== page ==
I didn't quite get the postseason feel.
September 29, 2022 by Christopher Wiklund in Analysis, Opinion with 0 comments
The first run at a playoff system for the Disc Golf Pro Tour has come to an end with two excellent events in New England. The on-course action and wins from Ricky Wysocki, Kristin Tattar, Simon Lizotte, and Natalie Ryan were all thrilling and emotional for different reasons. Tattar cemented her status as the runaway favorite for FPO Player of the Year, Lizotte capped off his career-best regular season, and Wysocki continued to demonstrate the season long excellence at Elite Series events which he prizes so highly. Natalie Ryan continued her historic season, demonstrating her trademark skill on the course and remarkable grace off it. In a system where their wins carried actual consequences for their participation in the DGPT Tour Championship, these playoff events could count themselves as among the most exciting couple of weeks in recent disc golf memory.
But that’s not the case, is it?
All four of the winners in these playoffs had long since punched their ticket to the DGPT Tour Championship event in Charlotte, as had many of the players in both fields. Indeed, almost every consistently touring player in FPO will be in the field at the Championship. In MPO, performance in these events was crucial for a handful of players who are usually considered “middle of the pack,” at least by the standards of touring pros. These players, for whom the past two weekends DID have the sort of implications–play well or go home–were not necessarily the primary focus of the major media teams.
So what we had was, and rightfully so, tons of eyes on the highest quality of play and most compelling storylines, and very few eyes on the players for whom the term “playoffs” holds much resemblance to the generally accepted and used definition in most major US sports.
If I were to tell a new fan that it was the DGPT playoffs, they might look at the scoreboard at the end of MVP Open and see Calvin Heimburg’s name all the way at 26th, or Missy Gannon down in 15th place and reasonably draw the conclusion that they had been eliminated from championship contention. I would then have to explain the whole point series and watch their eyes glass over and steel myself for the following conversation.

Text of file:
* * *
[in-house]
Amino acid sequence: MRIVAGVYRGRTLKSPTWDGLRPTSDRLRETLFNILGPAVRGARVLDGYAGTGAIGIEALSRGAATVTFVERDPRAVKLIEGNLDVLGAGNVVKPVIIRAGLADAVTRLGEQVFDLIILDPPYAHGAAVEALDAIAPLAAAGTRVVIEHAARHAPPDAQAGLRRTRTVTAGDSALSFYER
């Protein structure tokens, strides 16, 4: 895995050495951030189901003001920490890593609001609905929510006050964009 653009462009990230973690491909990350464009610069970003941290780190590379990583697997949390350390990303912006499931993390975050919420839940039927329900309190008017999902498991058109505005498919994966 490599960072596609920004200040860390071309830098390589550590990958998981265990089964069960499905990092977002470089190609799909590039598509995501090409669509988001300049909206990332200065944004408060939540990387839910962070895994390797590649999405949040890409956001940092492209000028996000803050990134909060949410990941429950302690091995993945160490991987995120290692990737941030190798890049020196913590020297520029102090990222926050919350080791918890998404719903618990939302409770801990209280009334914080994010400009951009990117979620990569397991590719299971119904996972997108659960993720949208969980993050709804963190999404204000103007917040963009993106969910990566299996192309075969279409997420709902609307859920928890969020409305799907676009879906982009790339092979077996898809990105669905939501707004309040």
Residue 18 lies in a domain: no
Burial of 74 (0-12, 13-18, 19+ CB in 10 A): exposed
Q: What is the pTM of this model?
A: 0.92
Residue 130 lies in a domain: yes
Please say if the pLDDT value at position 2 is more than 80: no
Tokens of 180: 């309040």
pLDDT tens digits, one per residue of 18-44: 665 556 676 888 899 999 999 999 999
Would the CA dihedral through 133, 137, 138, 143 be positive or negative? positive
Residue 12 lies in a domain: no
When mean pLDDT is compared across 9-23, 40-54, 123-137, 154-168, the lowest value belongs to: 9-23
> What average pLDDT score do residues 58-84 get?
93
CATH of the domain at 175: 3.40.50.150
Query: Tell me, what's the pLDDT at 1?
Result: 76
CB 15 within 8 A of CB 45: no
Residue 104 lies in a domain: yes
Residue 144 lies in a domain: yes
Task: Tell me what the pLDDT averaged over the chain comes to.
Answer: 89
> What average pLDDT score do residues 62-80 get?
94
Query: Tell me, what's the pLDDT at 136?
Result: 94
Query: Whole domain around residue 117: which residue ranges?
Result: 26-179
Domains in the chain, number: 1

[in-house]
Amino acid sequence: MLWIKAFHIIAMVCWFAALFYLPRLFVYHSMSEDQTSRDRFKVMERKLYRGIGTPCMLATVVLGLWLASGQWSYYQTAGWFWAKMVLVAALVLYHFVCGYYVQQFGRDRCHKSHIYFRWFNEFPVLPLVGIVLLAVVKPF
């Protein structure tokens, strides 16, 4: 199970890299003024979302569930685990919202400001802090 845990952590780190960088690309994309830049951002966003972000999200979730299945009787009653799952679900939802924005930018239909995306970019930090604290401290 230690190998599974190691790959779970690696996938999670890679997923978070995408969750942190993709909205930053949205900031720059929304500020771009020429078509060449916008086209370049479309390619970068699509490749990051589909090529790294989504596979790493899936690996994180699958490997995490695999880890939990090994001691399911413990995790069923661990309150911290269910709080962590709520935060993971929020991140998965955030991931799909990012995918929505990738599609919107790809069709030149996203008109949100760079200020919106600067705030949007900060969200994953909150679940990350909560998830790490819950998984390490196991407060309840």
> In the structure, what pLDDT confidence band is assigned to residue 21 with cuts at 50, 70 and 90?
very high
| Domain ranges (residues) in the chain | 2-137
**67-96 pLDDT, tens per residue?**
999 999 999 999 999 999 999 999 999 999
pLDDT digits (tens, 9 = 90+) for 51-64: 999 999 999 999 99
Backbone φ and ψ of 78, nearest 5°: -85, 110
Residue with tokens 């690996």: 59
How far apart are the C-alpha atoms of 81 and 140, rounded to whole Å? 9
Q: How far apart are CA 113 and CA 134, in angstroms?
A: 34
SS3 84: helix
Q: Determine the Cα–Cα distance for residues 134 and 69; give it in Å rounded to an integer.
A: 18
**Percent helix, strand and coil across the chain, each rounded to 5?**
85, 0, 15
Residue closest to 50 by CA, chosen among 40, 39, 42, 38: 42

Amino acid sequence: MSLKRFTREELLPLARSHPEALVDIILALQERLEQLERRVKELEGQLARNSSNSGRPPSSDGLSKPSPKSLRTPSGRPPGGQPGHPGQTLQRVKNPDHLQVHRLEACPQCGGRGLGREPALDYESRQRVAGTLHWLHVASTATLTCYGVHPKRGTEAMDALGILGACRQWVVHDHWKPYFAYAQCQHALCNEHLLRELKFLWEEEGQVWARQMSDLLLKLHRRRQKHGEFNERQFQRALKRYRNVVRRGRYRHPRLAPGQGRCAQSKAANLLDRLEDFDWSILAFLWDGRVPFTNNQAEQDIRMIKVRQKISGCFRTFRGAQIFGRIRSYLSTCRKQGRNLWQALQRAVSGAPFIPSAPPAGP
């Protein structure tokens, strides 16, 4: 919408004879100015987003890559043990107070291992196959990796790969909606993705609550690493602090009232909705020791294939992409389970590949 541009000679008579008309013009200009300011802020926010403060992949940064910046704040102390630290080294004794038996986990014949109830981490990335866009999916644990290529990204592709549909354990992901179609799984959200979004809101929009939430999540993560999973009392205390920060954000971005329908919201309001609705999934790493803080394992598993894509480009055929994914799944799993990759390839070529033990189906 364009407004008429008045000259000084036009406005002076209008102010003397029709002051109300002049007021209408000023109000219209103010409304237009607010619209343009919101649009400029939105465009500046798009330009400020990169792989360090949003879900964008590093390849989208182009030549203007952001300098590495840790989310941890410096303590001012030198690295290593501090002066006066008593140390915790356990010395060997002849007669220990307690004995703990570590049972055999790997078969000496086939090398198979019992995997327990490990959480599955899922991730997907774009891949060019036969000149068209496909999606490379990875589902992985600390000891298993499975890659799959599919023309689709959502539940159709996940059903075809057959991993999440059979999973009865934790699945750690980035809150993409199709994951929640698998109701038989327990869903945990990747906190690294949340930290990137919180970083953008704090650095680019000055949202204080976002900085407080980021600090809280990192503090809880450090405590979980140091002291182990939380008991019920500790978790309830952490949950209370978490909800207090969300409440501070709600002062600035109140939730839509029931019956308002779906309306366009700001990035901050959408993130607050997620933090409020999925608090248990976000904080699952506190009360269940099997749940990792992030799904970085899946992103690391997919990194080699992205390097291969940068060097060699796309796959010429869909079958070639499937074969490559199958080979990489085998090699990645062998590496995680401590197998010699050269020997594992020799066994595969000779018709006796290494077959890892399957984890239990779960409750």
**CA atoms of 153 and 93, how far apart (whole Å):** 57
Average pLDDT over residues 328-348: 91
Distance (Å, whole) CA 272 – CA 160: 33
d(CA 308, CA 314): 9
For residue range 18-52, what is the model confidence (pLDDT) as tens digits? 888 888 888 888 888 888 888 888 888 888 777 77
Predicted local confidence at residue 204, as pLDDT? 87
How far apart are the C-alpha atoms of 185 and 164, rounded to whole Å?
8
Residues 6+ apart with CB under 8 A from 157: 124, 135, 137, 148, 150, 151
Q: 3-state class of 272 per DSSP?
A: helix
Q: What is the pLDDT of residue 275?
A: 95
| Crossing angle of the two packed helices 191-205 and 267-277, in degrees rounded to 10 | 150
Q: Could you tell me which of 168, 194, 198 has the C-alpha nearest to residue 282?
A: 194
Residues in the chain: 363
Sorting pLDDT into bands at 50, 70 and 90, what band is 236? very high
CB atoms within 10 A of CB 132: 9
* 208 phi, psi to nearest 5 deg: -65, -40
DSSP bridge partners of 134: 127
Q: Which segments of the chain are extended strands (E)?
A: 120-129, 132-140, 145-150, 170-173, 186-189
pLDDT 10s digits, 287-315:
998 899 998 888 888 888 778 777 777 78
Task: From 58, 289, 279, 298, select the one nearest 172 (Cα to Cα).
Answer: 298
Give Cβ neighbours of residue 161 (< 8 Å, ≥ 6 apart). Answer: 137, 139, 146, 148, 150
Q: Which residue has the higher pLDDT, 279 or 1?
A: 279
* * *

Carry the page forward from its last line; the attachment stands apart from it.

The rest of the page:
“Well, why is it called the playoffs then?”
“Well the points are worth more!”
“That seems contrived, so this is really for those people on the bubble of making the actual playoffs which you people call the championship?”
“Yeah, pretty much.”
“So why not just have the folks on the bubble play in these events?”
“The courses are too good and we draw more viewers focusing on the best.”
“Makes sense. Why not have events specifically for those sorts of players who aren’t necessarily going to compete at the big events against the best but are still very good. Against a smaller pool of high end competition, they could rack up enough points to make the championship and make for a cool Cinderella run, and you wouldn’t have to do weird mental gymnastics and branding to call these events playoffs?”
“We have those.”
“So what’s the issue?”
“Many of the best players play those events because it’s convenient and relatively easy money.”
At this point, the person blinks, shakes their head, and changes the subject.
What this very worthwhile experiment in branding and points distribution has illustrated, to me at least, is that the Silver Series needs to be a protected series of events in which the likes of Wysocki, Chris Dickerson, Tattar, and Catrina Allen are simply not allowed to compete. If you have an Elite Series win within the past three years (or whatever) and/or are rated 1035/960 or better, you are welcome to spectate and caddy but not compete.
The DGPT Championship needs to reserve AT LEAST one spot for the Silver Series points leader. This will add importance to those Silver Series events and establish their purpose and identity as a developmental circuit with a pipeline to the Elite Series.
The word “playoff” has near universal meaning and understanding. You lose, you go home. The stakes are high and anyone can get bounced out early or make a run to the top. The DGPT Championship is a playoff; what we had at GMC and MVP, however awesome the golf was, were not playoffs. Give us stakes, give us meaning, don’t try to tell me that McBeth and Pierce were sweating their finishes.
Goose Looseness Index
As the season’s end draws near, I promise we have our best people trying to round up that loose goose! Current index is down significantly from a few weeks ago, in the 6.5 range. Perhaps the fall New England air has him thinking about migrating south. That being said, USDGC does represent a big window for some potential looseness. The US Sidearm Championships compare favorably to Emporia and the sorts of courses where Aaron Gossage has played well this year.
– I am looking forward to dissecting this season. It started off so chaotic. The center could not hold and there was no guessing who was going to win anything. And then, of course, we regressed to the bell curve. Ricky Wysocki and Simon Lizotte accounted for a combined eight of the the 14 DGPT wins in MPO, Kristin Tattar and Paige Pierce won seven of them in FPO along with three of the four majors. The cream does indeed rise to the top.
– In MPO, the emergence of Gossage, Gannon Buhr, Corey Ellis, and Isaac Robinson has been super fun to watch. In FPO, Valerie Mandujano’s early season run was the absolute coolest thing in the game. What separates the Wysocki’s and Pierce’s from the new group is longevity and consistency year after year. Fingers crossed.
– Shout out to Pocatello, Idaho, home of The Upshot’s Josh Mansfield and two contestants on Lego Masters. The small town is punching well above its weight in its national media reach.